Over the past decade, it has been incredibly difficult for savers to earn much on their cash savings. However, that is changing as the Federal Reserve raises interest rates to fight inflation. As a result, yields on various treasury vehicles are now becoming more attractive.
Checking accounts are probably the most common accounts holding cash. Over the past decade, many checking accounts have taken their earned interest rate down to near 0%. A common yield offered was 0.01%. With the Fed raising interest rates by 2.5% this year (so far), a 0.01% yield looks outdated. It is worth reviewing the interest you receive as many banks have not raised interest rates.
If the Fed continues to raise interest rates, the gap between what you receive and what you could receive can become quite large. At a minimum, you can maintain a smaller checking balance and a larger balance in any of the following cases.
High Yield Savings Accounts
High-yield savings accounts (popular with online banks) typically offer higher interest rates than a traditional bank while providing normal FDIC insurance coverage. Also, unlike checking accounts, these accounts generally do not have any requirements to be met to be eligible. In today’s environment, where your typical bank’s interest rates are still close to zero, it’s possible to find high-yield savings accounts earning over 2%.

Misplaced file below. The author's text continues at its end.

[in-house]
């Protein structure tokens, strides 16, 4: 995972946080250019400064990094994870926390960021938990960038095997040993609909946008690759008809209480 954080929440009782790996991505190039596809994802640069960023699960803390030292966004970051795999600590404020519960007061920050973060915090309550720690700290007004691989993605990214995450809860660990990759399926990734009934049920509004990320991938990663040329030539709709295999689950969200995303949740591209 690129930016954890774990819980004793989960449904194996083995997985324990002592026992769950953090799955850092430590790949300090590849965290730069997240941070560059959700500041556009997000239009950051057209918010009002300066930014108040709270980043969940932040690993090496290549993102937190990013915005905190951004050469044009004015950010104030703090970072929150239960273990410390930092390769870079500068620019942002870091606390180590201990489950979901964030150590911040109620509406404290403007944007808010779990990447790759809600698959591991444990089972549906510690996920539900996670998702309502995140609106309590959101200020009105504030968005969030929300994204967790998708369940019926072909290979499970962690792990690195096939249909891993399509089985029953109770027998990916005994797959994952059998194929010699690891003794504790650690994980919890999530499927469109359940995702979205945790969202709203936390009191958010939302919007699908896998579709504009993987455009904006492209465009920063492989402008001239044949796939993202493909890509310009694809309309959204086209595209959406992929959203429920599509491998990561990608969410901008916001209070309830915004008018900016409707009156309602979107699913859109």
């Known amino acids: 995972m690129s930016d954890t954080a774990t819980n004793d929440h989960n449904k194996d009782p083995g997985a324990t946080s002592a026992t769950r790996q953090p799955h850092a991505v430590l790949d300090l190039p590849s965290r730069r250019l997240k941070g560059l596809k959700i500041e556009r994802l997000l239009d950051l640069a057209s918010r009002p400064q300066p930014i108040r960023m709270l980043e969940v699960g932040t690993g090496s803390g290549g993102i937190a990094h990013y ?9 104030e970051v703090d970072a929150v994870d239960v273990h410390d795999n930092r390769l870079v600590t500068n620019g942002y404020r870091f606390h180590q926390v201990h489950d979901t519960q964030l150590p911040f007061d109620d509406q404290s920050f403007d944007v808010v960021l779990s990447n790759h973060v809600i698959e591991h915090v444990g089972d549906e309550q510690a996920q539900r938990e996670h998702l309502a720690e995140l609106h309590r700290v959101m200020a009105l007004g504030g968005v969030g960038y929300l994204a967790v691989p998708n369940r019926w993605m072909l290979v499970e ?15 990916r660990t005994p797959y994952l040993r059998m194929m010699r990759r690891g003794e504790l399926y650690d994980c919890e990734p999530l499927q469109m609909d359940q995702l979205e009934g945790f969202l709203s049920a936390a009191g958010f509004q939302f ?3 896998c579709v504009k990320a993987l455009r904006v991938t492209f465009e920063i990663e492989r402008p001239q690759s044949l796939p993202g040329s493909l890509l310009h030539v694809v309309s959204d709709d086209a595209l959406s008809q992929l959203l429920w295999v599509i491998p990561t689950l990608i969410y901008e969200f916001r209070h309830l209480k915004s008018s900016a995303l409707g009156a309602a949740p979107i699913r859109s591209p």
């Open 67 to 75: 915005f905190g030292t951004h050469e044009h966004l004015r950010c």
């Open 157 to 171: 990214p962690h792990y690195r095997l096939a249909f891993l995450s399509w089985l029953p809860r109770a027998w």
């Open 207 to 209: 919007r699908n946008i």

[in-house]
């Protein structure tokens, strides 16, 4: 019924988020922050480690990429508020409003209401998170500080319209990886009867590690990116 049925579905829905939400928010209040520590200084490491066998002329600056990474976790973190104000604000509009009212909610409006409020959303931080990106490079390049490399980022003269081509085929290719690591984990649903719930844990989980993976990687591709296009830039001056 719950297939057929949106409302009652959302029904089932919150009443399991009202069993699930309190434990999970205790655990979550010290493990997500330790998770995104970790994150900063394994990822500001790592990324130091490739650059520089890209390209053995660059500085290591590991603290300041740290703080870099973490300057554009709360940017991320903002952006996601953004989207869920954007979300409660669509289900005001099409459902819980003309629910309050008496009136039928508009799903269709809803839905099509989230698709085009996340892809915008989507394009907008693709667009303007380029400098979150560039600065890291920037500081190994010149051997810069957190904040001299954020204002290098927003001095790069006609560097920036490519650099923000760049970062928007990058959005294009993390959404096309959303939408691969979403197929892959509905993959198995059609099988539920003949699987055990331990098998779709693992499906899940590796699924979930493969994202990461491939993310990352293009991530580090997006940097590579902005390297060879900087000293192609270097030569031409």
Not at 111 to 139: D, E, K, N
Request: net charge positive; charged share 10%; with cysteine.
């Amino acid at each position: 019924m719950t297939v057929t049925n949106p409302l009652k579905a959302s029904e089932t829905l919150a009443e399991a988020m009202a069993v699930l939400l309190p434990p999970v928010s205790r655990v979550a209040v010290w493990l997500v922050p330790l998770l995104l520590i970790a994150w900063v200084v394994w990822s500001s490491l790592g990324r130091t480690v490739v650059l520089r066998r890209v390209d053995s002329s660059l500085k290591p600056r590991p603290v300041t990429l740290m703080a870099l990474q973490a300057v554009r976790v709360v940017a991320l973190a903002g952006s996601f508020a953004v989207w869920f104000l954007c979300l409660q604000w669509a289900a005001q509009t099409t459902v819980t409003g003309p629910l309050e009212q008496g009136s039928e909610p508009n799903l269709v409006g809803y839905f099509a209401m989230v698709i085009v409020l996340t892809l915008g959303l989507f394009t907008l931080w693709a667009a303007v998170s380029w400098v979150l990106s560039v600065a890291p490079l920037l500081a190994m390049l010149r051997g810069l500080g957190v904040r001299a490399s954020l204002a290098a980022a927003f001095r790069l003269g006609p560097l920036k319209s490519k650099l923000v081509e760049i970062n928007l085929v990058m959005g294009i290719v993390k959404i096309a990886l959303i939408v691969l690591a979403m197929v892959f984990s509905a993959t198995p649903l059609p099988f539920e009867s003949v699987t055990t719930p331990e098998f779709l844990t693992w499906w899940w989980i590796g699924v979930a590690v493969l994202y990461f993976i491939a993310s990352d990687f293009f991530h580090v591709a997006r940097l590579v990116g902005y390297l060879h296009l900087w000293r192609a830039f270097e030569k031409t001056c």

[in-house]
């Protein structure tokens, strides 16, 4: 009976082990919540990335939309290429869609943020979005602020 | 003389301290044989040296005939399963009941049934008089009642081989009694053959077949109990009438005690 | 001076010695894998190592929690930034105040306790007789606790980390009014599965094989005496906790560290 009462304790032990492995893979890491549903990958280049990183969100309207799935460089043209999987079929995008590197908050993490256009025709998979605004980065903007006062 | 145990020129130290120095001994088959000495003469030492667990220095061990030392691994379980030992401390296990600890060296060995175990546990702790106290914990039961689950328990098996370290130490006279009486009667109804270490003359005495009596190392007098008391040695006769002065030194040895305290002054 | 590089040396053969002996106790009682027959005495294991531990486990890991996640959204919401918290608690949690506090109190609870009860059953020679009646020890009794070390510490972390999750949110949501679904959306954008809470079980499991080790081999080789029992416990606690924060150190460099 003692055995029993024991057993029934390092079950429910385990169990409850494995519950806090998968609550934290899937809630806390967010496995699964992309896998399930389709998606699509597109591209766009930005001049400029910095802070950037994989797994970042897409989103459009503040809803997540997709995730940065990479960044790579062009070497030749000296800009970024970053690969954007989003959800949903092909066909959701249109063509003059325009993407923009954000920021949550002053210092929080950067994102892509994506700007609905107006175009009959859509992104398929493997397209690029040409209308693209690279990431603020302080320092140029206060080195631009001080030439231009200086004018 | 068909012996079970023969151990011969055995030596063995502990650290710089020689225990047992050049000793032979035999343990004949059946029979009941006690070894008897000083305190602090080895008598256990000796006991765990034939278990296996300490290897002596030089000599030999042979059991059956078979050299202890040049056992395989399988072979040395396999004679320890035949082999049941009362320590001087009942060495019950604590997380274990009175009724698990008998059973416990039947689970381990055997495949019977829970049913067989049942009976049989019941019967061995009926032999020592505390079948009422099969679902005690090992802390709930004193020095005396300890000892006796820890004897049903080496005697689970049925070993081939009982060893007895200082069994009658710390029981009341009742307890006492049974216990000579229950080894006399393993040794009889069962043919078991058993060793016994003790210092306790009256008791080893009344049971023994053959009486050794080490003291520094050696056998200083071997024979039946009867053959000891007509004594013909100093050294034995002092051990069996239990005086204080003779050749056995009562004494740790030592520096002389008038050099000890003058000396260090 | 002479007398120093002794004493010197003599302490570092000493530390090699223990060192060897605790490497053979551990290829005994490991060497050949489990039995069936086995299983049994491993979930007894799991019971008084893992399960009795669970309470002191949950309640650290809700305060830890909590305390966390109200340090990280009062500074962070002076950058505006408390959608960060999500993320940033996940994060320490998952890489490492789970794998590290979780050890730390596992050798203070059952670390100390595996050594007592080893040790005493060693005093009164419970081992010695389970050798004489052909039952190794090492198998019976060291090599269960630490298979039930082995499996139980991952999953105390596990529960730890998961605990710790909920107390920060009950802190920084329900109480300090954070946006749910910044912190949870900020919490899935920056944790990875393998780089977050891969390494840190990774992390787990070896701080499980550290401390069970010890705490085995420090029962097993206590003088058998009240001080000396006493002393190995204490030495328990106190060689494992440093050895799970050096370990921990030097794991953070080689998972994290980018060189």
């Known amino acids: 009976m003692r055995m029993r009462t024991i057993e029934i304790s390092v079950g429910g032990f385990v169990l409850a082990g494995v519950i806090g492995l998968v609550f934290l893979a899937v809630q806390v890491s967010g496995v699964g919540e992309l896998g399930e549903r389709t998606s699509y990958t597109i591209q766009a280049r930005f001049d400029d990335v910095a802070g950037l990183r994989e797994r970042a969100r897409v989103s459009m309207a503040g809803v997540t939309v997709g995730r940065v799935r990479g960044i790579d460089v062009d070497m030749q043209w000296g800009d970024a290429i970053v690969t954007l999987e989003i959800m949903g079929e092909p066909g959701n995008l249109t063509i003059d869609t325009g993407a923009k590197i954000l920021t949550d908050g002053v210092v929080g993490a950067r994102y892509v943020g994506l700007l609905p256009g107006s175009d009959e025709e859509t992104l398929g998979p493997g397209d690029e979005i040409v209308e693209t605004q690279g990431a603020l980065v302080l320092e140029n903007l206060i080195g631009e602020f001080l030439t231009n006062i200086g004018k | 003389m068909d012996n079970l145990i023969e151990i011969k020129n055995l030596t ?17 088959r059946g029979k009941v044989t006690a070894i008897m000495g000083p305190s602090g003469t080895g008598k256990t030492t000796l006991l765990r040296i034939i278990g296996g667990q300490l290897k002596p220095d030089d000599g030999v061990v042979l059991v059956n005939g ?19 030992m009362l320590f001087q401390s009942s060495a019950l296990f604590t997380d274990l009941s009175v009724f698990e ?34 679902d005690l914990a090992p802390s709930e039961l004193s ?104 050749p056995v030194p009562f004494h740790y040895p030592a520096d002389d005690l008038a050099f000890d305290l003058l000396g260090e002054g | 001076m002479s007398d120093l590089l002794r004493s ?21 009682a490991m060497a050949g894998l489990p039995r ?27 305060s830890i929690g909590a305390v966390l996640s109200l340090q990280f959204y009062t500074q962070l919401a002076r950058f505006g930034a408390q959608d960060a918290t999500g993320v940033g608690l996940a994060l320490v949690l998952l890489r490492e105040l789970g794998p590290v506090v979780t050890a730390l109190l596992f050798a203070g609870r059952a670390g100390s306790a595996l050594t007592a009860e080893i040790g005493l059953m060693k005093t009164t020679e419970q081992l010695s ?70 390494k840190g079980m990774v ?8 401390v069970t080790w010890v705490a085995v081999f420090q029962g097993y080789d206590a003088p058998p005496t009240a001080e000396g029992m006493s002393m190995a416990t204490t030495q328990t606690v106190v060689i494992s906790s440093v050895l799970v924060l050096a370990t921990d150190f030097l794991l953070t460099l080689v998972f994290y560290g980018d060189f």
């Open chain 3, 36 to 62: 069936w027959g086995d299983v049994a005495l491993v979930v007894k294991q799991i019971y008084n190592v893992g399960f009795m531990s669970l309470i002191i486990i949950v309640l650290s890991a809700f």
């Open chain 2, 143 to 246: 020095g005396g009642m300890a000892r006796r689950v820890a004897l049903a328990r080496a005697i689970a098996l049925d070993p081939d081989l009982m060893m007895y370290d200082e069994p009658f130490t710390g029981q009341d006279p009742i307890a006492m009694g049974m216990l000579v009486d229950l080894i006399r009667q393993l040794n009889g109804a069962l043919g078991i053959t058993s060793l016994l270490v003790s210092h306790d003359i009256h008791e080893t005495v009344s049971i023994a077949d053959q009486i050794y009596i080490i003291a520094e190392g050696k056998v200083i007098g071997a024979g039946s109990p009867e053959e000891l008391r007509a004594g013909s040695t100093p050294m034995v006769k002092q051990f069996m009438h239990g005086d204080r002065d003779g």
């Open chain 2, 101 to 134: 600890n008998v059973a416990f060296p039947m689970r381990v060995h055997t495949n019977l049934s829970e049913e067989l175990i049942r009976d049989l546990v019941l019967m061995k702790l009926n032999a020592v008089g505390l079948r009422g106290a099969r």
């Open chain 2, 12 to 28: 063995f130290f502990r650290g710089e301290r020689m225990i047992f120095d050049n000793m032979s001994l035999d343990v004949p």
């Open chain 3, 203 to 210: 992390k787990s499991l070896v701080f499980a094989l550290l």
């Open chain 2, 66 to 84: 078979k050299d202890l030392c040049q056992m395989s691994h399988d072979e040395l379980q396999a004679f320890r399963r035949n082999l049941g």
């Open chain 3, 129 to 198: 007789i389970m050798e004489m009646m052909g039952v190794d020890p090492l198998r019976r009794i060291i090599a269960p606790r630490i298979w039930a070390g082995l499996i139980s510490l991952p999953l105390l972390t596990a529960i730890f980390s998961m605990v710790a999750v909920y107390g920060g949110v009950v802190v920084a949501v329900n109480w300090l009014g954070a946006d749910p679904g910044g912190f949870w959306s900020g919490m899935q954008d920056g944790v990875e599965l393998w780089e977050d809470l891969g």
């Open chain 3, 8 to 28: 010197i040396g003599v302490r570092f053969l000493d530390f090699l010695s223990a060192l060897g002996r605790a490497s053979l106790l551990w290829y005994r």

High-yield savings accounts can be a good option for those who don’t want to worry about changing their checking account with all the automatic payment connections. Opening a high yield savings account online can be a simple and effective way to earn interest on your excess cash. Most are set up to allow you to electronically transfer money between your checking and savings accounts.
One thing to check is whether the savings account limits the number of transfers per month. If you plan to transfer frequently, make sure the account doesn’t have a low monthly limit.
Money Market Brokerage Accounts
People with a brokerage investment account with a major custodian like Charles Schwab, Fidelity, Vanguard, etc., can invest their money in money market funds. Unlike bank accounts, these funds are generally not FDIC insured. However, large custodians have a long history of managing these funds through various market cycles. Many of these money market funds have yields above 2%.
Since the returns offered are not significantly different from a high yield savings account, the benefit is primarily for those who already have a brokerage account and do not want to open another. Or, if you have money you’re waiting to invest, you can use the brokerage money market to earn interest while you wait. These yields generally increase as interest rates rise.
Ultra-Short Duration Bond Funds
The last option is to use an ultra-short duration bond fund to get extra yield. Unlike the other options described above, bond funds do not offer FDIC insurance and their value can fluctuate. While these funds may work for those seeking higher returns and who can handle short-term volatility, it’s important to speak with your investment advisor before purchasing one, as these funds vary widely in risk. that they take and yield that you can earn.
With the Federal Reserve’s rapid interest rate increases this year, there are plenty of other options for your money to earn interest. However, your bank may not keep up. Contact your bank and financial advisor directly to find out more about these possible solutions.
Ryan Collier, CIMA, is director of investment management at Bedel Financial Consulting, Inc., an Indianapolis-based wealth management firm. For more information, visit their website at www.BedelFinancial.com or email Ryan at [email protected].